Below is a list of research related to attendance

Attendance Works - Quote - Joshua Childs
Your work and passion for student attendance was what got me interested in studying it and wanting to focus my academic work on chronic absenteeism. Your 2011 article inspired me to get involved in chronic absenteeism research, and most importantly, encouraged me to focus on solutions to addressing the ‘problem hidden in plain sight.’ Thank you so much for the work you do with your team at Attendance Works."
— Joshua Childs, Assistant Professor, College of Education, University of Texas at Austin
The reports on this page are listed alphabetically and examine the issue of chronic absence nationwide and in selected communities. Use the search box to find research using the author name. See the early education, elementary, secondary and other research categories on the right. To submit new research, please contact us.

Skipping to Nowhere: Students share their views about missing school

Get Schooled Foundation. August 2012. In a report by the Get Schooled Foundation, students share their views about missing school and admit to frequently skipping school without parental knowledge. The report found that more than 61 percent of school skippers cite boredom as the cause for cutting class and more than 80 percent of students who skip school once a…
Published:   August 2012

State of Chronic Absenteeism and School Health: A Preliminary Review for the Baltimore Community

The Baltimore Student Attendance Campaign and Elev8 Baltimore, April 2012. To address the problem of health-related absenteeism, Elev8 Baltimore and the Baltimore Student Attendance Campaign collaborated to prepare a preliminary review of absenteeism and school-based health services (referred to in this report as school health) in Baltimore City. This review aims to analyze existing data, policies, and programs to create…
Published:   April 2012

Stemming the Surge in Chronic Absence: What States Can Do, A Fourth Annual Review of State Attendance Policy and Practice

Stemming the Surge in Chronic Absence: What States Can Do, A Fourth Annual Review of State Attendance Policy and Practice by Attendance Works, June 2024. This brief is our fourth annual review of how states are and could make a difference in school attendance with new policies and practices. Reversing today’s chronic absenteeism requires state leaders to make reducing chronic…
Published:   June 2024

Strategies for Student Attendance and School Climate in Baltimore’s Community Schools

Researchers interviewed the coordinators in community schools identified as having comparatively higher student attendance and more positive school climate than peer community schools. Having clearly designated roles, reliable protocols and procedures, and a leader who consistently communicated expectations to parents and students helped ensure that community schools could maintain high attendance and a positive school climate.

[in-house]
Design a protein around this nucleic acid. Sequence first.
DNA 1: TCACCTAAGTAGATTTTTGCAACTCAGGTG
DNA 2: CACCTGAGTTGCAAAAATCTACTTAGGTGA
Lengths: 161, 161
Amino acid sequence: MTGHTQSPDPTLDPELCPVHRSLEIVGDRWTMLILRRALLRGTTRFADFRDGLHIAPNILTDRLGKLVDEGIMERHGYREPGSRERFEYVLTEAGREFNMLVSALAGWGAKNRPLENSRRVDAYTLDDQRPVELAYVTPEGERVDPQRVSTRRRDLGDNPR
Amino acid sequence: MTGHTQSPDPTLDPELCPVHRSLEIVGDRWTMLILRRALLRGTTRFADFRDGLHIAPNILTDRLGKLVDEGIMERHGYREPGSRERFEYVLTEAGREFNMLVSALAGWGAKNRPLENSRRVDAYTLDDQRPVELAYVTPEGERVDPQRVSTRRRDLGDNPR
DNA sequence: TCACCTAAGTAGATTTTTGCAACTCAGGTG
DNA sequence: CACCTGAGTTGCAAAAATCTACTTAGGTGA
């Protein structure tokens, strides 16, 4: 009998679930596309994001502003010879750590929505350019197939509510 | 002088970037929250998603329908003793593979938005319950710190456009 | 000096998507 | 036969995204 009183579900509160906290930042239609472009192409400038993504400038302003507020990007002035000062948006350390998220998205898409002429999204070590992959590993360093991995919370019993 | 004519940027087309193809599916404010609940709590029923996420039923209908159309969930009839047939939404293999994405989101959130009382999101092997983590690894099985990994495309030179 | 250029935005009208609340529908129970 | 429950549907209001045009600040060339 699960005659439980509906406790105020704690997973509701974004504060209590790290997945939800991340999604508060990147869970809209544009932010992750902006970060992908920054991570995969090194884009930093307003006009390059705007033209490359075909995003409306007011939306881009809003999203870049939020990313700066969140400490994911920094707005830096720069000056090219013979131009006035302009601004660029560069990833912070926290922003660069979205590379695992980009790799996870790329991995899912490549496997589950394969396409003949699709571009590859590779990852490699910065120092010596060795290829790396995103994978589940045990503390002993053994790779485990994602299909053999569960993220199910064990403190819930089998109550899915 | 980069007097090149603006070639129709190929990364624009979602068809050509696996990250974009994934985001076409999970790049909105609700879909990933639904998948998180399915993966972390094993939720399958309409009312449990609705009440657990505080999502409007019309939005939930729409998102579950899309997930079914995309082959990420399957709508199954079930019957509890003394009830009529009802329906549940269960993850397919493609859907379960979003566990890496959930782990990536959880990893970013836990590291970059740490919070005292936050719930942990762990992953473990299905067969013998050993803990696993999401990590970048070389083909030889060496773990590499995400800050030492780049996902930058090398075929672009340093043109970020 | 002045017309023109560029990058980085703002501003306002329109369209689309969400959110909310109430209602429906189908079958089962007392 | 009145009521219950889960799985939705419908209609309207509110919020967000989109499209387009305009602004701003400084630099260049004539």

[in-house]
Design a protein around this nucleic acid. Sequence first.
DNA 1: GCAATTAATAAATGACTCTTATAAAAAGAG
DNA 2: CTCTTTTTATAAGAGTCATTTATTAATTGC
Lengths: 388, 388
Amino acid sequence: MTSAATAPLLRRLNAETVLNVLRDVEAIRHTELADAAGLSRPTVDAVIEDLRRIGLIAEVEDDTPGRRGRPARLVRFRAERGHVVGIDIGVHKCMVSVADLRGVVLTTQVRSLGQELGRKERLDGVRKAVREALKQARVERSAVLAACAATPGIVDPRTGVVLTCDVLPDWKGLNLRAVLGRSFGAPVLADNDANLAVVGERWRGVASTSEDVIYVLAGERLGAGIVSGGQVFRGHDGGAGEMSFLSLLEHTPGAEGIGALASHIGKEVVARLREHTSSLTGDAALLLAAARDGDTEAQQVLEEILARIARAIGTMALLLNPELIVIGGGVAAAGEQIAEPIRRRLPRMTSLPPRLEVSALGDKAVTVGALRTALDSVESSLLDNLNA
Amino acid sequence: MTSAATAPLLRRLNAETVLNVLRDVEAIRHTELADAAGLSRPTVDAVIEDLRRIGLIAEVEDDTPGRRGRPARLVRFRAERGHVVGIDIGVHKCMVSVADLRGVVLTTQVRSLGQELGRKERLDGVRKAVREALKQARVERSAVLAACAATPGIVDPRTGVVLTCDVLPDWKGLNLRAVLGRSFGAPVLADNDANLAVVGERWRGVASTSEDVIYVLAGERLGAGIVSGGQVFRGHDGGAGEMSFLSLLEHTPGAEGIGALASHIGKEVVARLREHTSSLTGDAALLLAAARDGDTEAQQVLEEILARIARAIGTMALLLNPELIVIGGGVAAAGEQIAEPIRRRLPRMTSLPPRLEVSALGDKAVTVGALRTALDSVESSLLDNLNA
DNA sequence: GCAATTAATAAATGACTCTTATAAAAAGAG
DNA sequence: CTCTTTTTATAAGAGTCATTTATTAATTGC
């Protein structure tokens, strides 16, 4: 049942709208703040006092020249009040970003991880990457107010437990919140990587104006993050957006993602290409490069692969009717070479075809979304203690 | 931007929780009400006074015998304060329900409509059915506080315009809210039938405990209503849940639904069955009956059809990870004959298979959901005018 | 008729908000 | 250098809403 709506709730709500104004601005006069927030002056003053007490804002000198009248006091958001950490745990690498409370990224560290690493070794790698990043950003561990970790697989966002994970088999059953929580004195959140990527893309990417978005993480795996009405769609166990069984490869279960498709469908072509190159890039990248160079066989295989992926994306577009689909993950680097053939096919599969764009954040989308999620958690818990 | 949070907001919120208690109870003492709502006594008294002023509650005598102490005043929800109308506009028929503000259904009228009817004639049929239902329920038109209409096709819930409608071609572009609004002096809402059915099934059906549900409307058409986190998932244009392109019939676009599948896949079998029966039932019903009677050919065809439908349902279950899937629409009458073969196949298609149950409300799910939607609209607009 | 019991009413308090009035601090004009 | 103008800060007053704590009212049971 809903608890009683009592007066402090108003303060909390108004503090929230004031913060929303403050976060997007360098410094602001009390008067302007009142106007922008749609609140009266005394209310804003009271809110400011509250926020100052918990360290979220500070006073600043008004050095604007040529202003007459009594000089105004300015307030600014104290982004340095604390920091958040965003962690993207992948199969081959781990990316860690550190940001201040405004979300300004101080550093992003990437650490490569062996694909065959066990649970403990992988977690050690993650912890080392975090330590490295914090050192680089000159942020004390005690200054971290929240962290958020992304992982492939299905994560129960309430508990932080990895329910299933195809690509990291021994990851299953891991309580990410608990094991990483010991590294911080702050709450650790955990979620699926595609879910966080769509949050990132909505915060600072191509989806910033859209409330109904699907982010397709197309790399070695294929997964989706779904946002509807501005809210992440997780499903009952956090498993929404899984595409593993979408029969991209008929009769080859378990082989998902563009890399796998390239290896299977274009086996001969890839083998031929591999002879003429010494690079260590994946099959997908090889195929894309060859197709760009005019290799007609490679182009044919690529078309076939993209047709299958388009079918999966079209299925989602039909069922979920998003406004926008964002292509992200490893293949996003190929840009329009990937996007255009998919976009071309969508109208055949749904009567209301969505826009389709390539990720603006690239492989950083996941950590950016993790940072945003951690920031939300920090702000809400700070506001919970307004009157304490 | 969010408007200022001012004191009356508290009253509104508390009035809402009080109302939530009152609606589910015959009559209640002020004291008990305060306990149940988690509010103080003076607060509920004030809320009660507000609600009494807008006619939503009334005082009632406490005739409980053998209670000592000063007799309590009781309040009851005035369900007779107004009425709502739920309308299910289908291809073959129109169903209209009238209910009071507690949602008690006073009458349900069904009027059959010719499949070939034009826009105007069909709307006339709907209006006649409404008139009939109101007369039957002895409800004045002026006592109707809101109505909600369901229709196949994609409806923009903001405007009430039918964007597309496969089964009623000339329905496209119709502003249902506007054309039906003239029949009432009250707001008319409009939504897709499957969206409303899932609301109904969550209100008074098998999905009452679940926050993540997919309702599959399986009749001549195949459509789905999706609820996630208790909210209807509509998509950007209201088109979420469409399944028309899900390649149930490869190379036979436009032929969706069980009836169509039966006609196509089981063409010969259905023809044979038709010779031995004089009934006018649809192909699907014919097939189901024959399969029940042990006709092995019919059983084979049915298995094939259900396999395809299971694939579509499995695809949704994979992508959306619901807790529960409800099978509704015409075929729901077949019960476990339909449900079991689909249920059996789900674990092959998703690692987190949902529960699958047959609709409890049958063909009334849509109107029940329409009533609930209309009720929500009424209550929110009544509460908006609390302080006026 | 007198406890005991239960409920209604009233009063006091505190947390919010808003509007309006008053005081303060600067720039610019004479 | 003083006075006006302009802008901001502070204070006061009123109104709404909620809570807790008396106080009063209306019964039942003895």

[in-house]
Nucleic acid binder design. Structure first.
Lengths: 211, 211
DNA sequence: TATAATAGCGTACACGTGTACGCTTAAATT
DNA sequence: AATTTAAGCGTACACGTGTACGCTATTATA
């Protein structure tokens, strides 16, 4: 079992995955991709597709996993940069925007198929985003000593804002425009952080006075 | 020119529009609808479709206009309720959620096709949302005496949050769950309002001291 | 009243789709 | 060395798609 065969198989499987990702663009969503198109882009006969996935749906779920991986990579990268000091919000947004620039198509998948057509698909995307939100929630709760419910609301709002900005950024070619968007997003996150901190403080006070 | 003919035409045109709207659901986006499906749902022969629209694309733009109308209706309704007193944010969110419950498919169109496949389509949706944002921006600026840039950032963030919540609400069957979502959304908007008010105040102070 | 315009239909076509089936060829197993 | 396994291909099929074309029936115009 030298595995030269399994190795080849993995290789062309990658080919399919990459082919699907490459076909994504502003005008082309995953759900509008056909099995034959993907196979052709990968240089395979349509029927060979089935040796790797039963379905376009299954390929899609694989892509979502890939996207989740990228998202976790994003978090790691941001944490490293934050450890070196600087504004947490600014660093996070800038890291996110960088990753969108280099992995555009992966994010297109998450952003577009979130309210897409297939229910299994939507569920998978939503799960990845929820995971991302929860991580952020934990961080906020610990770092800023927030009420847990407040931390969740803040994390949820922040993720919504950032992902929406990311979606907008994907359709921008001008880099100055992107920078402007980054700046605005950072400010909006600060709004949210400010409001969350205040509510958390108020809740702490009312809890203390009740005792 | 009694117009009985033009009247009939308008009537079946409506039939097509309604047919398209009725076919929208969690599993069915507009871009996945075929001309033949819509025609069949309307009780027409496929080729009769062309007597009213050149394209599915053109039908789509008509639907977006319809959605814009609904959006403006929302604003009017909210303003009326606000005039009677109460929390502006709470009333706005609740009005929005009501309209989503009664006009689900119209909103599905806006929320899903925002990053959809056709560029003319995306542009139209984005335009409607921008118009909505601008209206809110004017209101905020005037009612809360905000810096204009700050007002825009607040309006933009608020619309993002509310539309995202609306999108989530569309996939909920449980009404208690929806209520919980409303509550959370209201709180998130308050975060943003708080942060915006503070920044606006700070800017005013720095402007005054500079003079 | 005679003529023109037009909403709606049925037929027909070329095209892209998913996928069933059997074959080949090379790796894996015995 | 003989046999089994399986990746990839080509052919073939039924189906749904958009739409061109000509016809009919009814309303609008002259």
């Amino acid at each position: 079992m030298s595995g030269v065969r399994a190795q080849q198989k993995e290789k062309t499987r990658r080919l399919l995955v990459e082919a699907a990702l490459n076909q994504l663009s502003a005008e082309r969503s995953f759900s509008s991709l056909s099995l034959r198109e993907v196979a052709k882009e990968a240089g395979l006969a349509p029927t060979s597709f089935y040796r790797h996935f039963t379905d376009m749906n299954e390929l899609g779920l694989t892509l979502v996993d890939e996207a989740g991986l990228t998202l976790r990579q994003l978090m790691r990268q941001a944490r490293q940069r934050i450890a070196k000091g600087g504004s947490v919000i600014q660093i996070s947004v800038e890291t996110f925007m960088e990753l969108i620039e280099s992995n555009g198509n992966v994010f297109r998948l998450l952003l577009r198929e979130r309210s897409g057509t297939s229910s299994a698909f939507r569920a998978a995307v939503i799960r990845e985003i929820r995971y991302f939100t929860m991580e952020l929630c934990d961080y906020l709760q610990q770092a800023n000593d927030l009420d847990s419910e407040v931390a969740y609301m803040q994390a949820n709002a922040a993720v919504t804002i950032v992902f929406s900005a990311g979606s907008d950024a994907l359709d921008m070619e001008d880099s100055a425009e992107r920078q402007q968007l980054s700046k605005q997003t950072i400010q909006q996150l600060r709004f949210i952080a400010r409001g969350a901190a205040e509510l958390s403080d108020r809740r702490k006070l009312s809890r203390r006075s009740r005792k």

Published:   October 2017

Strengthening Schools by Strengthening Families: Community Strategies to Reverse Chronic Absenteeism in the Early Grades and Improve Supports for Children and Families

Nauer, Kim, Andrew White and Rajeev Yerneni. Center for New York City Affairs at the New School, October 2008. The Center for New York City Affairs at The New School conducted its own an analysis of chronic absence in New York City public schools. It found that more than 90,000 children in grades K through 5 (more than 20 percent…
Published:   October 2008

Taking Attendance Seriously: How School Absences Undermine Student and School Performance in New York City

Musser, Martha. The Campaign for Fiscal Equity, May 2011. The Campaign for Fiscal Equity works to ensure New York City students’ right to a sound, basic education. In this study, they found that absenteeism presents a large barrier to securing that education. The CFE analyzed attendance records, state assessment scores, and demographic factors for 64,062 fourth-graders attending 705 New York…
Published:   May 2011

Tardiness in Early Education: Incidence, Predictors, and Consequences

Romero, Mariajosé. Dyson College of Arts and Sciences, Pace University, Spring 2011. Tardiness may begin, along with absenteeism, well before children enter formal schooling. This unpublished research conducted by Dr. Romero examines data on late school arrivals among children who entered Kindergarten in 1998. While there is a wide range of perspectives and practices among professionals and parents, tardiness can…
Published:   March 2011
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